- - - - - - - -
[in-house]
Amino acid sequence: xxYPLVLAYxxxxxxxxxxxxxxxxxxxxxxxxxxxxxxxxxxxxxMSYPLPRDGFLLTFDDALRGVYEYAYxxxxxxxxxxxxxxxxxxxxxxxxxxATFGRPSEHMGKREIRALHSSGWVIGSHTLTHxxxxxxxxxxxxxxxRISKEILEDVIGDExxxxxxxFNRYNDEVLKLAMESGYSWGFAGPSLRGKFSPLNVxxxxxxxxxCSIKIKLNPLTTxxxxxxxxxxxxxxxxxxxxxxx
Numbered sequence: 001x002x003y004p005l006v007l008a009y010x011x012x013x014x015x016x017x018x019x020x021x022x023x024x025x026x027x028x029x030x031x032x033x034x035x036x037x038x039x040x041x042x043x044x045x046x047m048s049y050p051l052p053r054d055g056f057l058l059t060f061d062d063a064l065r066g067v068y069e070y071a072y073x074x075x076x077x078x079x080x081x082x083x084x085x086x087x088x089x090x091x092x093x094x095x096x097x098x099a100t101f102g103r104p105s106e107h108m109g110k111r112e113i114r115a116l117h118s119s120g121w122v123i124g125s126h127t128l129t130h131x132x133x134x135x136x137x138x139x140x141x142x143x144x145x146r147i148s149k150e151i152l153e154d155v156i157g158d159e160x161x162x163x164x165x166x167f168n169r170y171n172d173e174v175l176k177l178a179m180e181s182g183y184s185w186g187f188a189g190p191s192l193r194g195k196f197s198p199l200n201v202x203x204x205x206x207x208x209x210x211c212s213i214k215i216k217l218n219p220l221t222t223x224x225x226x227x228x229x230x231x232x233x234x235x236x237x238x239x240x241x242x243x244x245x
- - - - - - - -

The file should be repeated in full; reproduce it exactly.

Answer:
[in-house]
Amino acid sequence: xxYPLVLAYxxxxxxxxxxxxxxxxxxxxxxxxxxxxxxxxxxxxxMSYPLPRDGFLLTFDDALRGVYEYAYxxxxxxxxxxxxxxxxxxxxxxxxxxATFGRPSEHMGKREIRALHSSGWVIGSHTLTHxxxxxxxxxxxxxxxRISKEILEDVIGDExxxxxxxFNRYNDEVLKLAMESGYSWGFAGPSLRGKFSPLNVxxxxxxxxxCSIKIKLNPLTTxxxxxxxxxxxxxxxxxxxxxxx
Numbered sequence: 001x002x003y004p005l006v007l008a009y010x011x012x013x014x015x016x017x018x019x020x021x022x023x024x025x026x027x028x029x030x031x032x033x034x035x036x037x038x039x040x041x042x043x044x045x046x047m048s049y050p051l052p053r054d055g056f057l058l059t060f061d062d063a064l065r066g067v068y069e070y071a072y073x074x075x076x077x078x079x080x081x082x083x084x085x086x087x088x089x090x091x092x093x094x095x096x097x098x099a100t101f102g103r104p105s106e107h108m109g110k111r112e113i114r115a116l117h118s119s120g121w122v123i124g125s126h127t128l129t130h131x132x133x134x135x136x137x138x139x140x141x142x143x144x145x146r147i148s149k150e151i152l153e154d155v156i157g158d159e160x161x162x163x164x165x166x167f168n169r170y171n172d173e174v175l176k177l178a179m180e181s182g183y184s185w186g187f188a189g190p191s192l193r194g195k196f197s198p199l200n201v202x203x204x205x206x207x208x209x210x211c212s213i214k215i216k217l218n219p220l221t222t223x224x225x226x227x228x229x230x231x232x233x234x235x236x237x238x239x240x241x242x243x244x245x